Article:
An understanding of how species responds to urbanization is important for conservation and management of possible human-wildlife conflicts. Wild turkeys (Meleagris gallopavo) have recently successfully entered many urban landscapes, however their apparent success remain poorly understood. Most studies of wild turkeys have occurred in forested or agricultural landscapes. I estimated several important demographic, home range, and habitat use behaviors for wild turkey in areas of varying degrees of urbanization in the Minneapolis-St. Paul, Minnesota, USA, metropolitan area. My research objectives centered on providing the first information on urban wild turkey ecology, including: 1) assessing urban wild turkey nesting behavior and possible changes to reproductive measures, 2) investigation of urban wild turkey survival and the influence of local mortality agents, and 3) assessing urban wild turkey home range characteristics and habitat use.I captured and equipped 60 female wild turkeys with back-pack style VHF radio transmitters during 2010-2013. Monitored female wild turkey reproductive measures and nest survival were remarkably similar both among my study areas and previous rural wild turkey research. For all monitored females across all study areas and years, first nesting rate was 73.7% (n = 57), average date of onset of incubation was 2 May (n = 42), and hatch rate was 84% (n = 26). For all monitored females across all study areas and years mean clutch size was 10.2 (n = 42), and differed by study area (÷2 = 8.30, DF = 2, P = 0.02). For all monitored females across all study areas and years nest survival rate was 0.56 (n = 42). Monitored nests tended to have high visual concealment at the nest bowl, with a strong trend for habitat variables related to vegetative density and height at the nest bowl scale, and distance to open water on the greater landscape.Across all study areas and all female wild turkeys in 2010-2013 the annual survival rate was 0.43 (CI = 0.32 - 0.58; n = 55). Across all study areas and all female wild turkeys in 2010-2013, seasonal survival rates were as follows: 1) spring survival rate was 0.61 (CI = 0.50 - 0.75; n = 55); 2) summer survival rate was 0.83 (CI = 0.71 - 0.96; n = 34); 3) autumn survival rate was 0.89 (CI = 0.75 - 0.99; n = 28); and 4) winter survival rate of 0.96 (CI = 0.89 - 1.0; n = 25). During the brooding seasons of 2010 through 2012, an estimated 216 poults successfully hatched. Combined poult survival rate to 2 weeks post-hatch was 0.35, declining to 0.26 4-weeks post-hatch. Overall, mammalian and avian predation accounted for 63.3% of all observed female mortalities, followed by vehicle strikes (23.3%), harvest (3.3%), and unknown causes (10.0%). Predation remained the leading cause of mortality regardless of age-class, although predation tended to be higher in female adults (61.5%) than juveniles (47.1%).Across all study areas and all female wild turkeys, average annual home range size was 41.3 ha (n = 28). Annual home range size for suburban females (64.5 ha, n = 9) was larger than rural (38.0 ha, n = 11) or urban females (19.6 ha, n = 8), with home range size differing between study areas (÷2 = 12.26, DF = 2, P = 0.002). Spring/summer home ranges included both females that attempted to nest, brooding hens, and non-reproductively active females. Across all study areas and all female wild turkeys, average spring/summer home range size was 26.4 ha (n =37). Spring/summer home range size for suburban (44.8 ha, n = 11), rural (23.0 ha, n = 17), and urban females (10.3 ha, n = 9) did not differ. Across all study areas and all female wild turkeys average autumn/winter home range size was 25.1 ha (n = 28). Autumn/winter home range size for suburban (30.9 ha, n = 9), rural (28.6 ha, n = 11), and urban females (13.8 ha, n = 8) did not differ.Habitat use by wild turkey populations in urban settings relied heavily on `natural-like' habitat, as well as on developed, human-dominated areas. For this study `natural-like' habitat (i.e., parkland, conifer tree) was predictive of spring/summer habitat use and developed habitat (i.e., residential areas, agricultural) was predictive of autumn/winter habitat use. These range shifts are likely linked to resource availability and specific habitat availability (i.e., nesting and brood habitats).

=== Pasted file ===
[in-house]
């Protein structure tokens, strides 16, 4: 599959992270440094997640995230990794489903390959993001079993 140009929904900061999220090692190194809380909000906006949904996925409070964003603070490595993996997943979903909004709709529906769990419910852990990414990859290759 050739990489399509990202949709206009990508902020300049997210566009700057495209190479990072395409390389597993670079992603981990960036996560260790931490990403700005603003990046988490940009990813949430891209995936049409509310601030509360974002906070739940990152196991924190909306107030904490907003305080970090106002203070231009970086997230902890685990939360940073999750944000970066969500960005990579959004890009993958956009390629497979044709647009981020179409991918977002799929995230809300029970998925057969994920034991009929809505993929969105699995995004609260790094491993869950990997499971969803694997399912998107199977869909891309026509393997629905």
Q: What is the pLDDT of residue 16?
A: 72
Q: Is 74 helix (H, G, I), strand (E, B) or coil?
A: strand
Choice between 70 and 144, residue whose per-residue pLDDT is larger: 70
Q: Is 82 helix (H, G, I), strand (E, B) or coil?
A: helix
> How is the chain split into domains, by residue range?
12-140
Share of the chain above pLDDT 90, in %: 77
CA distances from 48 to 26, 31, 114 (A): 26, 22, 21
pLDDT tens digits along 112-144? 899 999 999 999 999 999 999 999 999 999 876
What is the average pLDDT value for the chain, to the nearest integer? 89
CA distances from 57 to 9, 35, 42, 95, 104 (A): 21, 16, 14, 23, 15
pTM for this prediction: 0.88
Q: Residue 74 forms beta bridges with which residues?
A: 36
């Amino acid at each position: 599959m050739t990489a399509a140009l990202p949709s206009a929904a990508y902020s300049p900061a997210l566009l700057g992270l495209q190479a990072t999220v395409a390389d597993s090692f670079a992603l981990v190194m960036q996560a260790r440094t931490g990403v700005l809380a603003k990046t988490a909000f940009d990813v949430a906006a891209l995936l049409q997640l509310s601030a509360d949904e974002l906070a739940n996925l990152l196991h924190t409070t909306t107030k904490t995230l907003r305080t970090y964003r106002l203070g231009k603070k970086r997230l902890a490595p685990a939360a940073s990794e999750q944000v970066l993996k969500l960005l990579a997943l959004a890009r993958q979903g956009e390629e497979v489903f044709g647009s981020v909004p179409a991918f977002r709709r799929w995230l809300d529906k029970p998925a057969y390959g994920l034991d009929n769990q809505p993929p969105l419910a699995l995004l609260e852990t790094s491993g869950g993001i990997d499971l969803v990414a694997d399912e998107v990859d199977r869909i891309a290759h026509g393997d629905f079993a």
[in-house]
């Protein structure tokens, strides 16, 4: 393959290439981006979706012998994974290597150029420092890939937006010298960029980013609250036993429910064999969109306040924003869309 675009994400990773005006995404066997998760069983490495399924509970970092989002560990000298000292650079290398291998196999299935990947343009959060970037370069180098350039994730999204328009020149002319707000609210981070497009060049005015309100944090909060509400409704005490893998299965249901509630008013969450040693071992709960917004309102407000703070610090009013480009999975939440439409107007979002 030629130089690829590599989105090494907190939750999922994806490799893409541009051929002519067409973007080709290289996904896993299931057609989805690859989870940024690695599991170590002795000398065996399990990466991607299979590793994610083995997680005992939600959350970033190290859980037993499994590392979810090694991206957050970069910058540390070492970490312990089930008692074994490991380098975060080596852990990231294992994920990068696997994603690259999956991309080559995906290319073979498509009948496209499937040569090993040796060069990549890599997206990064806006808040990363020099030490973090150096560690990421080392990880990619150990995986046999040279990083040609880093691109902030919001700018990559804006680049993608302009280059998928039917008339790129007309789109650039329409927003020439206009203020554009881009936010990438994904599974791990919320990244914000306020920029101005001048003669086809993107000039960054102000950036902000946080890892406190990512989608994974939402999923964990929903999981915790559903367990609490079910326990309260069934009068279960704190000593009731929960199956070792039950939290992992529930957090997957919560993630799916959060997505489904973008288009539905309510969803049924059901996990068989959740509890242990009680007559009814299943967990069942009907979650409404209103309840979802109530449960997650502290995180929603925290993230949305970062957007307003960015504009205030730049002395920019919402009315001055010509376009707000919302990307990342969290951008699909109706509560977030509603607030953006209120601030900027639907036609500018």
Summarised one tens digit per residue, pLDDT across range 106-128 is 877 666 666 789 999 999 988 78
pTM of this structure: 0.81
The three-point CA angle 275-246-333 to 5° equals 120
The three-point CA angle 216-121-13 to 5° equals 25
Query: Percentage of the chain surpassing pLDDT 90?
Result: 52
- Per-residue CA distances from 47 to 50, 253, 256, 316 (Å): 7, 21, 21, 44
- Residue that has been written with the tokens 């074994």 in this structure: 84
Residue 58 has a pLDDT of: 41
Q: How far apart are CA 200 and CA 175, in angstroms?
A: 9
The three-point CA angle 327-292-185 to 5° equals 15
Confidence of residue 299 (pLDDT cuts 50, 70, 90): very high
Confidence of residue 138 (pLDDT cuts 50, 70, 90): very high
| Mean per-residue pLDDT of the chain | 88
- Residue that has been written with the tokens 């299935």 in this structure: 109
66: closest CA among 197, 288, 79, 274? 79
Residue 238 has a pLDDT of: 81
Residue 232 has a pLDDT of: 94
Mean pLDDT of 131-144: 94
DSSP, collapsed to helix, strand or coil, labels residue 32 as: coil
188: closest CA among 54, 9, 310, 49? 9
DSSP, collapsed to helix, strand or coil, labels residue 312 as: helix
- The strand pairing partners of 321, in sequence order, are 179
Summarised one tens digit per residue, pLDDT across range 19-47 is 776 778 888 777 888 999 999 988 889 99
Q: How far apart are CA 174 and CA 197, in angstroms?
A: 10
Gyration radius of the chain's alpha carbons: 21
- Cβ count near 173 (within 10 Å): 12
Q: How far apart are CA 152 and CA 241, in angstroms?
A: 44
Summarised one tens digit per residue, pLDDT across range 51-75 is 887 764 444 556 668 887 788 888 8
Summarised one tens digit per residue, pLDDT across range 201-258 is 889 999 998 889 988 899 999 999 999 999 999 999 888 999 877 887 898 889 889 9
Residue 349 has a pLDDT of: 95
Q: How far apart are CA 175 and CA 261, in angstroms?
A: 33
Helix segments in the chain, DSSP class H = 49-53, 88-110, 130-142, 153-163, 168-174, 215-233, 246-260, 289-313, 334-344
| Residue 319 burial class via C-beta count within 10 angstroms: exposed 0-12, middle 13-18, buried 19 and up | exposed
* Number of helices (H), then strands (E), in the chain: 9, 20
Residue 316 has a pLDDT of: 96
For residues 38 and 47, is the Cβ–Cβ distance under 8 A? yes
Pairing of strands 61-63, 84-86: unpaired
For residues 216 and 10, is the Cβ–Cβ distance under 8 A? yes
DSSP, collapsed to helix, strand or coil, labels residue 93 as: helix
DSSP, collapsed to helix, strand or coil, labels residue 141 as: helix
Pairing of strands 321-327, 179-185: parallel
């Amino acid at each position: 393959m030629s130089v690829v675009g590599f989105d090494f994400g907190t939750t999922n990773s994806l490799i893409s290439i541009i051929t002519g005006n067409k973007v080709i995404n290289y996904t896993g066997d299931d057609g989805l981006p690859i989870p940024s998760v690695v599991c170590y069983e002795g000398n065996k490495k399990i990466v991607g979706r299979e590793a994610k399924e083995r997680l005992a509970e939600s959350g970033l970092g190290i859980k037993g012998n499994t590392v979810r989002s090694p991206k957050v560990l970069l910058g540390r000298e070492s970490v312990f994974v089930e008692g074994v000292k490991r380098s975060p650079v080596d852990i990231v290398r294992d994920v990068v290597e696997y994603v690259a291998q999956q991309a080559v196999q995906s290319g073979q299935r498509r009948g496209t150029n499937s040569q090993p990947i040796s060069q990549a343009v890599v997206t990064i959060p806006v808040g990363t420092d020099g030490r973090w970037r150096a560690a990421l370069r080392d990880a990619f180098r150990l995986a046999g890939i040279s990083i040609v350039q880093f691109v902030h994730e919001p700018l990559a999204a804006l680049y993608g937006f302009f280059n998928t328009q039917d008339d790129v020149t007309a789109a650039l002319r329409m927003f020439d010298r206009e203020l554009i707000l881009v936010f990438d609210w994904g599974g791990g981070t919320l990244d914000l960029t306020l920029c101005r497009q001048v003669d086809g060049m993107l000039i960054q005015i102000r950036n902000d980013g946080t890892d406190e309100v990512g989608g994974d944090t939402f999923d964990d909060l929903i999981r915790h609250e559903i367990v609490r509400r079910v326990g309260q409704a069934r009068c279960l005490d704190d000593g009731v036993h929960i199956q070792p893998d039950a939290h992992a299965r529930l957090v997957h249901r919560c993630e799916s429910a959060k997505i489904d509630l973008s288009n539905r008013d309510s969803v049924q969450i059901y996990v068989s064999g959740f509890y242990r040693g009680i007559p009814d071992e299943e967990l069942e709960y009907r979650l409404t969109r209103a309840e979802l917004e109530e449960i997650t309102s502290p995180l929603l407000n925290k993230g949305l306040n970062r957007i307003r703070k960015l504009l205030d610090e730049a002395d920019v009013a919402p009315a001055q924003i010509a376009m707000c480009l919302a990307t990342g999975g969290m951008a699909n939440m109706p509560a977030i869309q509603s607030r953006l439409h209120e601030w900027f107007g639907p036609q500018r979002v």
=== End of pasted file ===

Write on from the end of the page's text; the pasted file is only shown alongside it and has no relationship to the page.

University of Minnesota Ph.D. dissertation. December 2014. Major: Conservation Biology. Advisor: Dr. Robert B. Blair. 1 computer file (PDF); xii, 136 pages.
Tinsley, Karl Andrew.
Wild turkeys in the urban matrix: how an introduced species survives-and thrives-in a multifunctional landscape.
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